5 Top FSA Questions from Employers
August 16, 2018
More and more, employees are focusing on the benefits they receive at work rather than their paychecks. In fact, by 2020, there are expected to be three million more FSAs in the United States, as employers and employees flock toward consumer-driven healthcare that provides greater control, increased flexibility and lower premiums.
A Flexible Spending Account (FSA) lets your employees save money by setting aside pre-tax dollars which, depending on the type of account, let them pay for eligible medical, dental, vision and dependent care expenses. Complete the form below to download your Ultimate Guide to Benefits, which shows you the savings potential of an FSA and other employee benefits. And keep reading for answers to a handful of common employer-asked questions related to these accounts.
When can my employees enroll?
Your employees have a few options. The most common time is during open enrollment. Employees can also enroll during his or her time of hire and during a status change. Status changes include marriage, birth, death, divorce and employment status. Employees must enroll every year (there isn’t automatic re-enrollment).
What are the perks of offering an FSA?
You’ll see a number of benefits, including:
- Employee retention and recruitment. Healthcare costs are the top financial concern for Americans, so helping your employees reduce those costs will make your workplace even more attractive to current and future employees.
- Tax benefits. You’ll reduce your taxable wages when your employees contribute to their account.
How much can my employees contribute?
The amount employees can contribute is determined by the IRS each year. The 2018 contribution limit for Medical and Limited FSAs is $2,650. The limit for a Dependent Care FSA is $5,000.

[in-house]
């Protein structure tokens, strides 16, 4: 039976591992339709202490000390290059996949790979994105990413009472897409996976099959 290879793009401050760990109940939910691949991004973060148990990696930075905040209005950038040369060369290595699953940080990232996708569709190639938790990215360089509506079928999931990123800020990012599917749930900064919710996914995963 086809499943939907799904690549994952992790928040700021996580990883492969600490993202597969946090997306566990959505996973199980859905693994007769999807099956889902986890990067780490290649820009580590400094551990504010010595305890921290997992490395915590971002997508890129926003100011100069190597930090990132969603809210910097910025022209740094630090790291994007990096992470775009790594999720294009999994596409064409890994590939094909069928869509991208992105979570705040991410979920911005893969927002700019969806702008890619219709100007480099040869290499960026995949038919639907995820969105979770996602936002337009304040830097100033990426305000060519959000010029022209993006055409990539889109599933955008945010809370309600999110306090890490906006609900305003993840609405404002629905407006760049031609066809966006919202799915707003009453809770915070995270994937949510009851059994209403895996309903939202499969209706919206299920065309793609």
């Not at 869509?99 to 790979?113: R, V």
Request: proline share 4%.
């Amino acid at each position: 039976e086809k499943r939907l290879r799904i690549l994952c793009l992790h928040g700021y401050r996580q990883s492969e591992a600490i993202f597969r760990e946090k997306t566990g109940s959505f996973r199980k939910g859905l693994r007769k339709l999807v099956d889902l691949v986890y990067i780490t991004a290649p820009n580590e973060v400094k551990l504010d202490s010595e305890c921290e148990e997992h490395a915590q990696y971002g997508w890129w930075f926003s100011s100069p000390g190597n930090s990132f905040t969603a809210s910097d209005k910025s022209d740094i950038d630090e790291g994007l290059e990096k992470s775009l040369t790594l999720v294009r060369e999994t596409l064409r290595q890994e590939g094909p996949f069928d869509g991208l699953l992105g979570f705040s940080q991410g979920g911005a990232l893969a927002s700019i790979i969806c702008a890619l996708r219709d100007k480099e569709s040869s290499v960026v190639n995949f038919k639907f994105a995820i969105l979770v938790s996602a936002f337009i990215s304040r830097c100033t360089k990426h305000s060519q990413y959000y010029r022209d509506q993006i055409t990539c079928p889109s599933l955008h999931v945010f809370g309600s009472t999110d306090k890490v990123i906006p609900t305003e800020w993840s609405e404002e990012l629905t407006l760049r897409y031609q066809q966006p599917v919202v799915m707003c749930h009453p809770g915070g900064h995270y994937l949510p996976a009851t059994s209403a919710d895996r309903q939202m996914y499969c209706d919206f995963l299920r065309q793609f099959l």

What can I do to help my employees get the most out of their FSA dollars?
Flexible Spending Accounts are governed by the IRS’ use-it-or-lose-it rule, but you have options to reduce the possibility your employees will lose unused funds by the end of the plan year. Those options include offering a:
- Run-out: Extends the final filing date past the last day of the plan year to allow participants additional time to file for reimbursement. Common run-out designs are 30, 60 or 90 days.
- Grace period: Extends the plan year, which allows participants additional time to incur services or purchase eligible products to spend remaining funds. Grace period length can be a maximum of two months and 15 days. A grace period plan design must also pair with a run-out.
- Carryover: Allows up to $500 to be carried over from one plan year to the next. Carryover funds are available five business days after the filing date. A carryover must pair with a run-out.
Can my employees pair their accounts with a Health Savings Account (HSA)?
Your employees can enroll in an HSA if they have a Limited Medical or Dependent Care FSA. However, HSA participants are not eligible to be enrolled in a Medical FSA.
Want to learn more about the savings potential of a Flexible Spending Account? Complete the form above to download our Ultimate Guide to Benefits.